Building a Community of Supporters: Examples of Rural School–Business Partnerships
School partnerships can take a number of forms, depending on the size and needs of the community. The Gulf County Partnership, for instance, involves two school districts and several businesses, including Raffield Fisheries, the paper mill, a local dentist, and the Gulf Coast Chamber of Commerce. Some partnerships have included one school and one business, while others involved one business and multiple schools. About half of our business partnerships last for 12 months; some fizzle out because one or both partners are not responsive, while others are designed for the shortterm. The rest are sustained from year to year, affecting hundreds of students and educators.
The six partnership examples that follow show the varied forms partners can take, from consortia to nonprofits, from emerging to one-year collaborations, as well as some of the ways that partners are supporting local schools and students. 
how students could apply to and attend the University of Texas at El Paso, the nearest public college, then return to their hometown and earn a six-figure salary working for Blue Origin.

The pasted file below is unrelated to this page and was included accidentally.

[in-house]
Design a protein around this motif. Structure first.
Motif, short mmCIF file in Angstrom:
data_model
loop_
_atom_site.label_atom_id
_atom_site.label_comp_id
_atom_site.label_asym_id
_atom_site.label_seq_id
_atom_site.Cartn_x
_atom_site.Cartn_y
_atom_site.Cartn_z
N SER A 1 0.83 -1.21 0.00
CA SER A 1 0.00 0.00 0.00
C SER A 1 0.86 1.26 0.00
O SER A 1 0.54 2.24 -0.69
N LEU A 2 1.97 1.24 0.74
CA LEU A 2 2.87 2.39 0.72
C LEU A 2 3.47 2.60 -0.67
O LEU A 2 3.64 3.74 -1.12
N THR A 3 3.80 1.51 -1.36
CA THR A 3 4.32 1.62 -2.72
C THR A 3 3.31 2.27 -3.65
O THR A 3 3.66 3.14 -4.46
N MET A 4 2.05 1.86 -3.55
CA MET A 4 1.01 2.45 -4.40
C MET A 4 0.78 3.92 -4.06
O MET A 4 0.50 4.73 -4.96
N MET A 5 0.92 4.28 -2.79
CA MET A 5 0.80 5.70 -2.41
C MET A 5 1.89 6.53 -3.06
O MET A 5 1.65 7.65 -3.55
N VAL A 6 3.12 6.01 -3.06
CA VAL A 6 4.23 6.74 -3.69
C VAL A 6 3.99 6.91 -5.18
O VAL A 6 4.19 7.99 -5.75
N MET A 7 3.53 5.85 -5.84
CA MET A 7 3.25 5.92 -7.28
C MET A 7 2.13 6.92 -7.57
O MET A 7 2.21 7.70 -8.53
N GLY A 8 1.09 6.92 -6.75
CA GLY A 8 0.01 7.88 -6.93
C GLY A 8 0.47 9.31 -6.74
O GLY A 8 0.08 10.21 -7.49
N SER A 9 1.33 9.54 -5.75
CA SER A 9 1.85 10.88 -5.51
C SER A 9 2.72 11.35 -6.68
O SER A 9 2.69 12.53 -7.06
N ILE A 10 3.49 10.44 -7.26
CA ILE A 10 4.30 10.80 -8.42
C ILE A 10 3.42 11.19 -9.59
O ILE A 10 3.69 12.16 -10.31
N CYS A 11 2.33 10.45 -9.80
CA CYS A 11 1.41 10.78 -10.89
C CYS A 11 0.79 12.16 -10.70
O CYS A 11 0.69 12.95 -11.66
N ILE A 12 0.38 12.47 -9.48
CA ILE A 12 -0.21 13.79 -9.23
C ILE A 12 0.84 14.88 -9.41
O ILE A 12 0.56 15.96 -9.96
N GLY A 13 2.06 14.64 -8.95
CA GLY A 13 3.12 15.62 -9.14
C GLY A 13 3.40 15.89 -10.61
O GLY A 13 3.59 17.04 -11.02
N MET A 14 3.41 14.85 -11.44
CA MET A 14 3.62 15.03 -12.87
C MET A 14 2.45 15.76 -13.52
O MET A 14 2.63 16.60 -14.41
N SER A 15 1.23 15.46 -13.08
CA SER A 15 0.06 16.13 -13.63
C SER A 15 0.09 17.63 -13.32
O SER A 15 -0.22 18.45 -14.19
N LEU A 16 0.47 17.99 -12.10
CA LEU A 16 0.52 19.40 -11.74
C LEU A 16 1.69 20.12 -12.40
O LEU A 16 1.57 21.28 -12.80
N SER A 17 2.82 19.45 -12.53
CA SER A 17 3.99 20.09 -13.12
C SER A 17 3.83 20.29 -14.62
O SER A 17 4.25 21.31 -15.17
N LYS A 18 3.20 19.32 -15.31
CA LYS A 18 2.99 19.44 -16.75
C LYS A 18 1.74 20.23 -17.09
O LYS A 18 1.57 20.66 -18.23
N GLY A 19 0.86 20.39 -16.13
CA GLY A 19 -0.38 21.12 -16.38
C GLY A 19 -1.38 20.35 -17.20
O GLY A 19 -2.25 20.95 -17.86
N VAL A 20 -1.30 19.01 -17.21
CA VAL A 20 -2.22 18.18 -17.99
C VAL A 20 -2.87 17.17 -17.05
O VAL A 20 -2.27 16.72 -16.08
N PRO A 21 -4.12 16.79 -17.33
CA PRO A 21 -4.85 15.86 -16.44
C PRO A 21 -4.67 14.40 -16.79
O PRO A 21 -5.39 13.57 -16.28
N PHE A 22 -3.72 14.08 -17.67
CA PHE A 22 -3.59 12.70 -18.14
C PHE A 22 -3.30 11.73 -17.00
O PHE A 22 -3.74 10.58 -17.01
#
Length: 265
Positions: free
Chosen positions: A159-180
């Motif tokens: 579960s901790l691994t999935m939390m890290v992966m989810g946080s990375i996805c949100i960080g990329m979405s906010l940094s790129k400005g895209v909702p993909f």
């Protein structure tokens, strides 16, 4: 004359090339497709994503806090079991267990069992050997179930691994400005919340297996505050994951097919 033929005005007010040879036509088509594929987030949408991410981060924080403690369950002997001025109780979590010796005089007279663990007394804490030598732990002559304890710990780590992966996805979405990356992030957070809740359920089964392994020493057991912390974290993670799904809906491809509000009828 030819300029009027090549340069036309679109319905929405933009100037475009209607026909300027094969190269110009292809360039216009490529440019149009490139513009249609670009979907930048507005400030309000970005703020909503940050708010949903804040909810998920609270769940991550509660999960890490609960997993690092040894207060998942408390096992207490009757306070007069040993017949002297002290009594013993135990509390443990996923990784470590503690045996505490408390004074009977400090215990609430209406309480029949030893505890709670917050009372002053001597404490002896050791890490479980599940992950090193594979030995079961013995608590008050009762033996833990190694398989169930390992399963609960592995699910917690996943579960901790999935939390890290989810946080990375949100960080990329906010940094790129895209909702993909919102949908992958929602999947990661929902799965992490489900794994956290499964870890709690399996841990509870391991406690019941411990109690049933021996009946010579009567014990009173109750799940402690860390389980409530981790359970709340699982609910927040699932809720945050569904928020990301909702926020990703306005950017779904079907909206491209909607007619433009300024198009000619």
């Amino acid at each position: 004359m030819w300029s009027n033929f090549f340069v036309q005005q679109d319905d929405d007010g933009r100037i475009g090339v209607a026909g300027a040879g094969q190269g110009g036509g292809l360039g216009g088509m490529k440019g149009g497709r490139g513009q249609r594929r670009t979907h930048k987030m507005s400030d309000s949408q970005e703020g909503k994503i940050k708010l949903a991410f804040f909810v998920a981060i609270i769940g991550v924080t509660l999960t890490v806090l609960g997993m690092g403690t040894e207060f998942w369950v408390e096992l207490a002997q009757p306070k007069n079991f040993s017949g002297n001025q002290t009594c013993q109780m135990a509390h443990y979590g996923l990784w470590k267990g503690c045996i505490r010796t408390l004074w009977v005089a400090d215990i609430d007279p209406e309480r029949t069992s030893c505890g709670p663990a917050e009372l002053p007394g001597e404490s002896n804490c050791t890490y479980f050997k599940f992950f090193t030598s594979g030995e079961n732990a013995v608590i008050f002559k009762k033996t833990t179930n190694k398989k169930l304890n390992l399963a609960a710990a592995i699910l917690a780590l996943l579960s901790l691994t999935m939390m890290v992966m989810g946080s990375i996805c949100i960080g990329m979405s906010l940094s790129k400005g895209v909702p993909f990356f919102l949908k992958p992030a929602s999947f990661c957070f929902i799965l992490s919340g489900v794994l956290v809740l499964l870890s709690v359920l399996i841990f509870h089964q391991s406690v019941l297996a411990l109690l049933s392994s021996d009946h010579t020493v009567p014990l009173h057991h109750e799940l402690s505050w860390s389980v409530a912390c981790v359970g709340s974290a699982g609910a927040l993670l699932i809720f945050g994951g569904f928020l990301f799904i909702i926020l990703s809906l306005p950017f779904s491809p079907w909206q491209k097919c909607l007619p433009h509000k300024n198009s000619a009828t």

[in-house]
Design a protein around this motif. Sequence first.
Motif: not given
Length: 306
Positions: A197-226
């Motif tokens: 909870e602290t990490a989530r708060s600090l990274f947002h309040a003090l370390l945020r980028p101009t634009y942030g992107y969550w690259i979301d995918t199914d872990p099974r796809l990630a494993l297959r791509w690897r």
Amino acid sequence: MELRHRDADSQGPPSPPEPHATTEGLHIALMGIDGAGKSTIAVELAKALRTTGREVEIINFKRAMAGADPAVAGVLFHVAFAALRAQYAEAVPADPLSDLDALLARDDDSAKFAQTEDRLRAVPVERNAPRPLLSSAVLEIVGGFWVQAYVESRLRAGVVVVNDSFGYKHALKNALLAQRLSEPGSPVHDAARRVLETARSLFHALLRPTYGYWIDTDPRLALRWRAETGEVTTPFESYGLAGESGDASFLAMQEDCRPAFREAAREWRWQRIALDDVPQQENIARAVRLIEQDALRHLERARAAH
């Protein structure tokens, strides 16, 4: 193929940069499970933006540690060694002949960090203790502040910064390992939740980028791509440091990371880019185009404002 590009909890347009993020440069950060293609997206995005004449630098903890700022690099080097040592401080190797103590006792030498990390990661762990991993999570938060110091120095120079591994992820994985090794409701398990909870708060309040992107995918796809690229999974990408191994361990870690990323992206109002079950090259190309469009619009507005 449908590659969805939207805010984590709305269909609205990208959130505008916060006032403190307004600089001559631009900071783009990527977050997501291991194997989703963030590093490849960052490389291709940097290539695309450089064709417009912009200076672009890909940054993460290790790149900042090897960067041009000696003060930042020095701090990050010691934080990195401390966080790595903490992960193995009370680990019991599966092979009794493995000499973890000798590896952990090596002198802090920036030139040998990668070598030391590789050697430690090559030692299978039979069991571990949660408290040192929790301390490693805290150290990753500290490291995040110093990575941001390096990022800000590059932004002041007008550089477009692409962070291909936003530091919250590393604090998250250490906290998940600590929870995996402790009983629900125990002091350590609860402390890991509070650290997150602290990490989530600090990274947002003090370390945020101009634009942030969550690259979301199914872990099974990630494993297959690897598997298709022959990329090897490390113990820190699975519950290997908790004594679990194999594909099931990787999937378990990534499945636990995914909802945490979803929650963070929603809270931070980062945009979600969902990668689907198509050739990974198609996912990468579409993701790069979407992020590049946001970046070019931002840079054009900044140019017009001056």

- • A partnership with Champlain National Bank in northern New York is providing financial literacy education to students and families in a dozen schools.
- • International Paper's Ticonderoga mill partnered with eight Vermont and New York schools to clean up trash on the southern end of Lake Champlain while helping students learn about the balance between the environment and industry.
- • Watershed Alliance—a Lake Champlain-based environmental education program—hosts science fairs at the CLES Center and at CLES schools to build STEM competency and careers in ecology for students in both New York and Vermont.
- • Huiana is a nonprofit that helps Hawaiian Island youth develop workplace skills through internships. Dozens of students from two rural CFES high schools, Konawaena and Kohala, participate in Huiana career readiness activities each year.
-  Through a partnership with DentaQuest—a company that providesdental insurance and other oral health care services, CFES recruitedfour dentists and seven dental hygienists in northern New York tohelp 750 rural students in 12 schools understand both the valueof oral hygiene and possible career paths in the oral health careprofessions. • In Western Texas, a partnership with Blue Origin—an aerospacemanufacturer and suborbital spaceflight service company—broughttutors to Van Horn High to prepare students for the math and scienceportions of the ACT and SAT. The same tutors later returned to explain